(As monomaniacal as I might truly be, maintaining a blog of this high degree of purity and insight (heh-heh) gets wearying. I realize I have enough know-it-all-pallies, informormed buds, and sharp hipster connections, that I oughtta let one or two of you bring it on home occasionally. Here’s the basic premise: 1-3 concise paragraphs about a CD (or as we old schoolers still refer to it-an album) that wasn’t necessarily an all-timer, a Blonde on Blonde or a London Calling. Instead, spotlight a possible peripheral release that stands the test of time and delivers on its small promises, or simply executes succinctly and manages to remain on yer personal playlist--- a sideways record, an overlooked effort, a self-contained minor gem, ya know, a record that’s got Shelf Life. Send me your brilliant overview in simple word form, and I’ll post ‘em up, giving my avid and obsessive readers (heh-heh-heh) an occasional breather from the sound of one man pontificating.)
Sylvain Sylvain (RCA), 1979
Anyone who got a chance to catch the last New York Dolls tour had to sit up and take note of forever sparkplug Sly Sylvain, whose spirited presence and pure authenticity helped buoy every performance. Slyvain has long been the most underrated of Dolls, and even I, a long gone worshipper at the junkie alter of Johnny Thunders have often been guilty of giving good ol’ Syl short shrift. The truth is, Sylvain’s first release, the self titled Sylvain Sylvian, actually stands right next to the much vaunted and much more visible first post-Doll releases of his colleagues David Johansen and Thunders. I remember listening to it upon its release and immediately latching on to its simple but catchy tone and undeniable listenability—I just couldn’t (at the time) figure where it landed on the all important youthful Cool Measurement Scale. It just seemed, well, so un-Doll-like, and, yep, un-punk-like, it became a closet listening experience for me when I used to value style and choice over substance and attainment.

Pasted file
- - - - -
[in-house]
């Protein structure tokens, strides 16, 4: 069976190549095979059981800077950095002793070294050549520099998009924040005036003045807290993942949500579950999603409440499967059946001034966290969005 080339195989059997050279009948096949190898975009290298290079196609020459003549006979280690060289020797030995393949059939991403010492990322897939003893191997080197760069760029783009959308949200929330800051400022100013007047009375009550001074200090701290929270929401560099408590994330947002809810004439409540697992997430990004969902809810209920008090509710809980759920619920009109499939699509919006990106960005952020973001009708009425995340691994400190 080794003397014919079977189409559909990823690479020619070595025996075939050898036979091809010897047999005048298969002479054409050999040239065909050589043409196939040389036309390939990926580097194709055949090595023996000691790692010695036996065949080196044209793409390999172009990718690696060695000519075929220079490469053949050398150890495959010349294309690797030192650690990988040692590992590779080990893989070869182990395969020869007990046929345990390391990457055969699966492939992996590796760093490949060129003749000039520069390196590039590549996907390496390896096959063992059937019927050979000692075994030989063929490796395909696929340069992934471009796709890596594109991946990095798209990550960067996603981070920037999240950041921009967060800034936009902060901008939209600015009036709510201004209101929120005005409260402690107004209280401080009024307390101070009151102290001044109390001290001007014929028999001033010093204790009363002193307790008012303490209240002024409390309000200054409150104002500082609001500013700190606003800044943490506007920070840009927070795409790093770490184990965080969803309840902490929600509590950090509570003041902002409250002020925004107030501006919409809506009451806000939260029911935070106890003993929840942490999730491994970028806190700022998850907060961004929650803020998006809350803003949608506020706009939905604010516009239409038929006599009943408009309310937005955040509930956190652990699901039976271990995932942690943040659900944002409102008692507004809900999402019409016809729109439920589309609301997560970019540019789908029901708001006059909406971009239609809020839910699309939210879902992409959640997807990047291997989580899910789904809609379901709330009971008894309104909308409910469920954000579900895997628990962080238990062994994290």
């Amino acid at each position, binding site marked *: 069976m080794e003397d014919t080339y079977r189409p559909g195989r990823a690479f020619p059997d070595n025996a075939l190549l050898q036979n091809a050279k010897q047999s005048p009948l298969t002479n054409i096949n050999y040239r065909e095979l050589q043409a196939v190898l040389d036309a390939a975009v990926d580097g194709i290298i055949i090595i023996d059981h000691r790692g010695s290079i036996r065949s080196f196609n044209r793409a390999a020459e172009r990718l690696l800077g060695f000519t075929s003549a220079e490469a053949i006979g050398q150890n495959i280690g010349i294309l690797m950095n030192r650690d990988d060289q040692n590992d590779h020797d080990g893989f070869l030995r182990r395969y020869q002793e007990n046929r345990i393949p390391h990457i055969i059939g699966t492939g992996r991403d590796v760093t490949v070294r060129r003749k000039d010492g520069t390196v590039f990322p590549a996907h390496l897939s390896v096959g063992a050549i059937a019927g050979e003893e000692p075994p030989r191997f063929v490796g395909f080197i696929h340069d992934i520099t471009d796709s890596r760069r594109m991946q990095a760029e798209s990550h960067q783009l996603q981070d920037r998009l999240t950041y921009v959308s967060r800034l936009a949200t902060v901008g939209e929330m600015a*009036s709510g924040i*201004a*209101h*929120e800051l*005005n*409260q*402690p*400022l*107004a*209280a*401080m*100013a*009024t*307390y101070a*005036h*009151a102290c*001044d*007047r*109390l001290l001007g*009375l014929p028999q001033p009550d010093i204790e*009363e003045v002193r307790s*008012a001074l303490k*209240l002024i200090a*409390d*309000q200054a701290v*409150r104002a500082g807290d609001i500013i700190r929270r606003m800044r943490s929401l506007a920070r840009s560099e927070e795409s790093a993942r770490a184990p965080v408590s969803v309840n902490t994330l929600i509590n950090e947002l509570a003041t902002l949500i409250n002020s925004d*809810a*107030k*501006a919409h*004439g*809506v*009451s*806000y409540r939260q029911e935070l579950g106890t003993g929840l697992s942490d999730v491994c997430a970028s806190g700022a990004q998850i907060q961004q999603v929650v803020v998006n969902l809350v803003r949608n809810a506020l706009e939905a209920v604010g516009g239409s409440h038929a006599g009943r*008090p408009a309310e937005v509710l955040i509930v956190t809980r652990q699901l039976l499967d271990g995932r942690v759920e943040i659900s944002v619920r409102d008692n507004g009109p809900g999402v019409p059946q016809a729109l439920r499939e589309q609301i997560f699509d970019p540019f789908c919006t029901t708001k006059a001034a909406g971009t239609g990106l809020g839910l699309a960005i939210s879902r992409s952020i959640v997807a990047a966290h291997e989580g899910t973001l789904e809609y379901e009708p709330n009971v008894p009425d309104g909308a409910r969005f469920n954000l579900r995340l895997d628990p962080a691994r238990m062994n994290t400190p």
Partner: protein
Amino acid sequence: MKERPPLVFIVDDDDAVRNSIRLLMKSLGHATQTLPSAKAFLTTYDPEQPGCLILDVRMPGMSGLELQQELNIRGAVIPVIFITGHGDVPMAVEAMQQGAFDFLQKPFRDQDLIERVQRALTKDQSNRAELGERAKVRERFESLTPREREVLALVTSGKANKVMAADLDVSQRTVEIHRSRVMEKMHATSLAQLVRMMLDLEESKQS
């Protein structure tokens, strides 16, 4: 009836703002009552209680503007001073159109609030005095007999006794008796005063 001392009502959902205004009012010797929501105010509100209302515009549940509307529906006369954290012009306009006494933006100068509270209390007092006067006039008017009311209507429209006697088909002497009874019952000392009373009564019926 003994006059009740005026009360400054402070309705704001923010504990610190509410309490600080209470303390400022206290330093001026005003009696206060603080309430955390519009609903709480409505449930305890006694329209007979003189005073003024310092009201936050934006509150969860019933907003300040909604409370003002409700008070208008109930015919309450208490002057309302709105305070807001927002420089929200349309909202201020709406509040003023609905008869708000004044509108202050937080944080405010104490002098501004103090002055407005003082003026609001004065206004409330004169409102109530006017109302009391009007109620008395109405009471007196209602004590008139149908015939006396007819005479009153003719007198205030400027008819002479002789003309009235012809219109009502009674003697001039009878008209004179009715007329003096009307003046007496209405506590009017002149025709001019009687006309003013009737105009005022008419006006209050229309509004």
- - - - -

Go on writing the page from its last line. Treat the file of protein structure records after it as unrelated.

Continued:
Syl’s assembled band includes three members of his Mr. David Jo Doll’s first band, bassist Buz Verno, guitarist Johnny Rao, and keyboardist Bobby Blain, alongside drummer Lee Crystal (Joan Jett) and sax man Jonathan Gerber. Syl, once again an often overlooked songwriter as a Doll, obviously brought a certain esprit to Thunders Keith Richards-gone-punk riff rock and David Jo’s ironic NYC twisting of the Chicago blues. His first solo effort is essentially a straightforward and heartfelt paean to Dion, the Brill Building, and the sweet sounds of 60’s girl groups, with a nod to The Rascals. Best of all, it is all delivered with an unabashed sincerity and unaffected straightforwardness, equally high-spirited and coolly retro, all of it done with a craftsman’s touch.
“Teenage News” the opener, is a bright dash and bash of pure pop, while the album’s most memorable song, “What’s That Got to do With Rock’n’Roll” is an ersatz Rock-Is-It declarative number that the likes of Dave Edmunds, Nick Lowe, or Brian Seltzer would kill to have written. “I’m So Sorry” could have (and should have) been a combative siren song belted out by Ronnie Spector or Nancy Sinatra, and boy, and it’s hard to believe that some sorta hipster filmmaker hasn’t grabbed it for a soundtrack by this point. “Without You” and “Every Boy and Every Girl” are sweetened nuggets written in the same vein (piano driven, do-wah-diddy background vocals, unblushing lovesick pop tales) while “14th Street Beat” is pure retro, but also pure New York, in a thoroughly unaffected way. “Deeper and Deeper” should have been delivered by Willie DeviIlle, another 60’s pop torch song woven with slightly updated stylistics. “Ain’t Got No Home is a decent take on the venerable Clarence Henry classic, nothing ventured, nothing gained, while “Tonight" is a saxophone-filled coda, a neat instrumental finale to a truly neat recorded offering. Tip of the hat to Egyptian-born Syl Mirhazi, epitomizer of one piece of the ever pounding New York sound puzzle, able precursor to the future punk rock sweepstakes, possessor of rock and roll true blood, with a debut solo you almost haveta dance to.